I am a living witness that if one is serious about studying the word of God, he or she will experience a total change, for the better, of attitude, speech and behavior.
The word has that effect on the serious student; but, I have discovered that, the word can have a similar impact on the not-so-serious, intermittent church-goer.
I recently heard about a man who wrote a letter to the editor of his local newspaper.
“I used to enjoy attending church services, but lately I began to realize that it was all a waste of time. Over the years, I’ve sat and listened to hundreds of sermons by numerous preachers, but for the life of me I don’t know anything any of them said! That’s sad, but true. So, I stopped going.”
To the surprise of the editor, this little letter started a firestorm of responses from his readers, some in support and others in disagreement. This exchange of opinions continued for a few weeks until one letter was published which apparently put an end to the controversy, because no other letters were received thereafter on this issue. This last letter was somehow different.
Here’s the context of the letter: “For 30 years, my wife has prepared the most delicious meals ever. When I think back, I don’t know what was on the menu of any of them. But, there’s one thing I do know. Had she not prepared all those meals, today I’d either be malnourished or dead. So let’s leave the preacher alone!”
At first glance, it appears that the writer’s words were non-responsive to the topic at hand. What does consuming his wife’s delicious meals have to do with listening to the preached word of God? Obviously the writer intended a connection and the previous letter writers must have seen it and were persuaded that it made enough sense to bring the discussion to a halt.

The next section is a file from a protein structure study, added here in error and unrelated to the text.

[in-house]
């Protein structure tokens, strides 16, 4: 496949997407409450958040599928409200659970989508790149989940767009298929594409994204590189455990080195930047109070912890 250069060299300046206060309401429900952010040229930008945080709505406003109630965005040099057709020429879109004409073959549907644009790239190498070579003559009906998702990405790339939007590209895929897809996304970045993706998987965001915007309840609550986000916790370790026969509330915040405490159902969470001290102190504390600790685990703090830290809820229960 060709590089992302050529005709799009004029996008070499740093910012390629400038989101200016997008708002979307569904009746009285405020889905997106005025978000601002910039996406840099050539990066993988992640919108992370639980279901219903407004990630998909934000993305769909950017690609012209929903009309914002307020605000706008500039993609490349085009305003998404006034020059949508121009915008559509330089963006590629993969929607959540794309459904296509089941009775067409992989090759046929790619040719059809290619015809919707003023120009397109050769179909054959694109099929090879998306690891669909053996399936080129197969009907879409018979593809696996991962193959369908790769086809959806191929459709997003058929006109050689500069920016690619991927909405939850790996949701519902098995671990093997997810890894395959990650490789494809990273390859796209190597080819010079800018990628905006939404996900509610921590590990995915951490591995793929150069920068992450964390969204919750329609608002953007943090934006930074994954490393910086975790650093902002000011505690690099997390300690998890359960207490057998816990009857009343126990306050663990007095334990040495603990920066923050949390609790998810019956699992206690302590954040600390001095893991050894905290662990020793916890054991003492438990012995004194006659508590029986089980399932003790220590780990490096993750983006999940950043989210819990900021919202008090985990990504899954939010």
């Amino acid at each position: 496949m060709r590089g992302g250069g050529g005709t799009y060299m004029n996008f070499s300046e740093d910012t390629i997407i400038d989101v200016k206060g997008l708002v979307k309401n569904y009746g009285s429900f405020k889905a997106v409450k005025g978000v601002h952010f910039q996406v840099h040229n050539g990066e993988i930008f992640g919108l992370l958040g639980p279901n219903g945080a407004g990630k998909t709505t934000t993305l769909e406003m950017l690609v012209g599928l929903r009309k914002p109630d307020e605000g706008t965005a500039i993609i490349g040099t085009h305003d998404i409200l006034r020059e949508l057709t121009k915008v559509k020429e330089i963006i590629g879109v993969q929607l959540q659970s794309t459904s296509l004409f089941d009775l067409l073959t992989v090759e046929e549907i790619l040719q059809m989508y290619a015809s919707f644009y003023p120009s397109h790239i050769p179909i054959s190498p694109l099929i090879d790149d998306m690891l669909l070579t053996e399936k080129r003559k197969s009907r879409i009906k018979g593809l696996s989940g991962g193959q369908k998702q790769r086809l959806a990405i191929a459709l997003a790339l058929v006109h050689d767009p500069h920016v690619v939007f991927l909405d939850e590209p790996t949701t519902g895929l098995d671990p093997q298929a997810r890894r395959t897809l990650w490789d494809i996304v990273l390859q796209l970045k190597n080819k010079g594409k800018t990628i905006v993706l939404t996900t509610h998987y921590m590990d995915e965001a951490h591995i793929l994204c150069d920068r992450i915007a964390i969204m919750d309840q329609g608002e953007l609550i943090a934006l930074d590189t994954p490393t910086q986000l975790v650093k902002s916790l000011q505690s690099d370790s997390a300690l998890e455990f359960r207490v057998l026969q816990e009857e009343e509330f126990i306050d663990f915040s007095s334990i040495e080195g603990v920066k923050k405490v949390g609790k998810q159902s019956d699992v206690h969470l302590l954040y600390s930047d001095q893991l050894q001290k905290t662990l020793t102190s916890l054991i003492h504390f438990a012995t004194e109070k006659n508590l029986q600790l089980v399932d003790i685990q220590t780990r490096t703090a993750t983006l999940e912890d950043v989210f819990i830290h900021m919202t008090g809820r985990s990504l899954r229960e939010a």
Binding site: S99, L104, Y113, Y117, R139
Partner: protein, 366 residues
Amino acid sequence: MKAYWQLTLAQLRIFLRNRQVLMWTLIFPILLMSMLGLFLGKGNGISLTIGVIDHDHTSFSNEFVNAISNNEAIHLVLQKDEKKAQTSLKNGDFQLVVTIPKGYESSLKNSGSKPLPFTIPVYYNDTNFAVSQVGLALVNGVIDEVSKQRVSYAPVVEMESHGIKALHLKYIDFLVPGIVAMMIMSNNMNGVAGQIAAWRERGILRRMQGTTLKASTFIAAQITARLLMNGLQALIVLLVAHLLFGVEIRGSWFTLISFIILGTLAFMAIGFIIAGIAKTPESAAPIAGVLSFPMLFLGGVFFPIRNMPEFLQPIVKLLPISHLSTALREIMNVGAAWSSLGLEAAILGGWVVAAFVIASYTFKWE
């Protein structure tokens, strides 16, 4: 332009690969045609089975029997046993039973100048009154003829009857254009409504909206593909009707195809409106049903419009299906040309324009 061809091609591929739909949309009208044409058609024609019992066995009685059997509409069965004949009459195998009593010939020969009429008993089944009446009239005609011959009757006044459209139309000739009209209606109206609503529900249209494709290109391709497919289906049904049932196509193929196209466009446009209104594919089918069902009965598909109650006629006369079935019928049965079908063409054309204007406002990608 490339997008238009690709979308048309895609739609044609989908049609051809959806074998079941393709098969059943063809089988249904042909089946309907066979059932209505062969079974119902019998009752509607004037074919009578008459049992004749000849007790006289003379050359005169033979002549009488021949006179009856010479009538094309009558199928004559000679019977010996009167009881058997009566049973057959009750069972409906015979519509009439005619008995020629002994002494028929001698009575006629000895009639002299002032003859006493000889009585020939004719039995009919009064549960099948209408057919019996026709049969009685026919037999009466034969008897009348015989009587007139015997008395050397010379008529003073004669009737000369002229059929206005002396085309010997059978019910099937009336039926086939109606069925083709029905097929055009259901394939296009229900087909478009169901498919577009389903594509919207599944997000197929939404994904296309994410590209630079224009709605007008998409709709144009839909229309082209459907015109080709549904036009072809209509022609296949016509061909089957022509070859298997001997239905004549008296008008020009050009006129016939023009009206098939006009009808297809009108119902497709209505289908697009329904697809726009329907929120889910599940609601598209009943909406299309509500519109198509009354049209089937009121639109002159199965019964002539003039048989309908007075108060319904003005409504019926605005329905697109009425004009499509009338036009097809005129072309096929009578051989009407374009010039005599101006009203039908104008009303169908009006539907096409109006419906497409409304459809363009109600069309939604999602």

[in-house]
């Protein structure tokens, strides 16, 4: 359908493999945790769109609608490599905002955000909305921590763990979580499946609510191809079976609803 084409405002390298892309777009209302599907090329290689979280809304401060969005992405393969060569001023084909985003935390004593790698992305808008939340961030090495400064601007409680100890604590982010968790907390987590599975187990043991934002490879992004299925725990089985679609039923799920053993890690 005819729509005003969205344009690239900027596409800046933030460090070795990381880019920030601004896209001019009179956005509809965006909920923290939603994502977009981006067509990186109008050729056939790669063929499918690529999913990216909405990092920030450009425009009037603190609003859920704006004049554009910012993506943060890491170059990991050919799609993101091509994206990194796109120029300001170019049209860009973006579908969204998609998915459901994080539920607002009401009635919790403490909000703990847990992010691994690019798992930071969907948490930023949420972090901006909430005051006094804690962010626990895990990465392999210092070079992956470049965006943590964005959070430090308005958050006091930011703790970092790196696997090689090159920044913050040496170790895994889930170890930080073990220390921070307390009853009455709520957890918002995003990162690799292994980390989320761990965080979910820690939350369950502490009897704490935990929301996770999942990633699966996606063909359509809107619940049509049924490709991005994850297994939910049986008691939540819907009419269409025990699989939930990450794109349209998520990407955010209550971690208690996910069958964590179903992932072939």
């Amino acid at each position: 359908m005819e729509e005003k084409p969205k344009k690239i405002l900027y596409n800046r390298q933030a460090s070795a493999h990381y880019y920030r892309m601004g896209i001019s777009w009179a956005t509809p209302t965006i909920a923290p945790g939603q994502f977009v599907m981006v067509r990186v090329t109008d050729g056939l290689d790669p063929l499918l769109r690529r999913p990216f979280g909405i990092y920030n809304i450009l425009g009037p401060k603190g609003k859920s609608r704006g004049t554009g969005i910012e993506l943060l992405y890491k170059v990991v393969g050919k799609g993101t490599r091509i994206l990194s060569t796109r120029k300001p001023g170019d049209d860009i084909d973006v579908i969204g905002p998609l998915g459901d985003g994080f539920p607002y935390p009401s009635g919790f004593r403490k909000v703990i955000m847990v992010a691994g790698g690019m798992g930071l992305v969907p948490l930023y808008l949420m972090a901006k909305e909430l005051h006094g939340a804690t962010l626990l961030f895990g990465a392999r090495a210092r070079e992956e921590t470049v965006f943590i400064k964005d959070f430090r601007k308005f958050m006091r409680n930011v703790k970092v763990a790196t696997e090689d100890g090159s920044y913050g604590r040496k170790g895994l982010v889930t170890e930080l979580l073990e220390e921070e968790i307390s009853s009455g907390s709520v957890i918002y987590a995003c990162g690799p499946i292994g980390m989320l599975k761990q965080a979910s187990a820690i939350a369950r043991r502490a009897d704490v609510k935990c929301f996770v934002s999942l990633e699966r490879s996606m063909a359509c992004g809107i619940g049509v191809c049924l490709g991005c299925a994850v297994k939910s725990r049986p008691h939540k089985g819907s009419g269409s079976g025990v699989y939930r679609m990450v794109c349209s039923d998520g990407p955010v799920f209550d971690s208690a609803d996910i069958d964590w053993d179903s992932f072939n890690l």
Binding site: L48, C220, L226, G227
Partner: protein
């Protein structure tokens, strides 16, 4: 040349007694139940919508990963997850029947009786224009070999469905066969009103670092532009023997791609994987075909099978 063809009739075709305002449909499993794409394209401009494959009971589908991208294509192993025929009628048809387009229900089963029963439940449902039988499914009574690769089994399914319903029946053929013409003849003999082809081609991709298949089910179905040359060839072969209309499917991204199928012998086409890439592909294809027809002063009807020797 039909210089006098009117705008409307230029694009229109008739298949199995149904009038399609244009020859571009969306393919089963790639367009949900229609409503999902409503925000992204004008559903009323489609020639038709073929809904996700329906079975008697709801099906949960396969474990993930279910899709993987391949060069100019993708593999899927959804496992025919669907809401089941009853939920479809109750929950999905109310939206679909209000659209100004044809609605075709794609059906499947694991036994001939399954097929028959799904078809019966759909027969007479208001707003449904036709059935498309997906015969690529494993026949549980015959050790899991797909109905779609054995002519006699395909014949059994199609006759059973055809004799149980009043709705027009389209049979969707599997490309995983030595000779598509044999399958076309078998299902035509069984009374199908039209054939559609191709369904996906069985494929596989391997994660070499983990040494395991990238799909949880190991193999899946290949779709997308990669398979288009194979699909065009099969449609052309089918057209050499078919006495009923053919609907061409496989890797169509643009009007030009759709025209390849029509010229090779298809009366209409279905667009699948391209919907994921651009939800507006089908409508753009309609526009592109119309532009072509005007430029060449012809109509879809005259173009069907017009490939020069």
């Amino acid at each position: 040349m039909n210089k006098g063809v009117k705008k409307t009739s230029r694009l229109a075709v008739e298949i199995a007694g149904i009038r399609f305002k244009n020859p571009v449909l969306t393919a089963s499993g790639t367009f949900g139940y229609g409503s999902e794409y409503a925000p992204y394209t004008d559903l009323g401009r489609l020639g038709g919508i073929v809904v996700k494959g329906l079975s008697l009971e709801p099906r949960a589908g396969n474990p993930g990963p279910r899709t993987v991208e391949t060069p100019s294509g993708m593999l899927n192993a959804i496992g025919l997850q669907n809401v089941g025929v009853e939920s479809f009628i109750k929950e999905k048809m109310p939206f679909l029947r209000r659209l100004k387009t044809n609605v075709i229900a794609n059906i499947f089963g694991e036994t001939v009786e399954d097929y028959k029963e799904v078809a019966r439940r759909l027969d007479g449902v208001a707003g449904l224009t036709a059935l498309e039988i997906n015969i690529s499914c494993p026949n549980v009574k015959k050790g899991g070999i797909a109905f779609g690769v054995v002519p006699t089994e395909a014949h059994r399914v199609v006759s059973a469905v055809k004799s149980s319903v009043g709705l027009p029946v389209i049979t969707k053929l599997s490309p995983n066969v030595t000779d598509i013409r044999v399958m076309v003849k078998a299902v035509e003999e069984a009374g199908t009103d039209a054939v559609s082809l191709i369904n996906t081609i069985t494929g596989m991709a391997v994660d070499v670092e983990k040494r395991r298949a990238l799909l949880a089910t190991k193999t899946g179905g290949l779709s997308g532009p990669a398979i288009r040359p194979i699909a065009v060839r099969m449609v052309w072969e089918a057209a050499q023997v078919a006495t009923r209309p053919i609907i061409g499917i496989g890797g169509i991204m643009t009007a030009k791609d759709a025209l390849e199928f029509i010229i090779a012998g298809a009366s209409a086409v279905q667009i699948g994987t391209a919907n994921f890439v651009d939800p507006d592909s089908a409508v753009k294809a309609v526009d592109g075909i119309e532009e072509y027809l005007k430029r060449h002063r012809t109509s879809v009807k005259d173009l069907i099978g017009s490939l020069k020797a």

So, what’s the connection? Think of it this way.
Natural food and God’s word have one thing in common; both are nourishment, food for the human body and the word for the human spirit. Nourishment can only occur if we do our part and ingest the right food. It happens for the body each time we partake of a delicious meal. But, what about the spirit; how is it nourished?
Logically, it follows that the word must somehow find its way into the human spirit for it to be nourished by the word. Enter the preacher. It’s his job to verbalize the word to those in attendance at the church service. Our job is to expose ourselves to the preached word by being in attendance. But, if we don’t remember what we heard, how then are we nourished?
Enter God. The scriptures say (Deuteronomy 30:14, Isaiah 51:16, Romans 10:8) that when we are near the preached word, God puts that word into our mouths and our hearts. Without any special effort to memorize the preached word, unknown to us, our human spirits are supernaturally being nourished. The end result is the abundant life Jesus came to give us all.
Rev. O.L. Johnson, a retired LAPD lieutenant, is an associate pastor in his home church, Greater New Zion Baptist, 501 W. 80th St. in Los Angeles.
Pastor’s Corner is a monthly religious column that looks at the relevancy of scripture to life today. The column appears on the first Thursday of each month in the Wave and its website, www.wavenewspapers.com.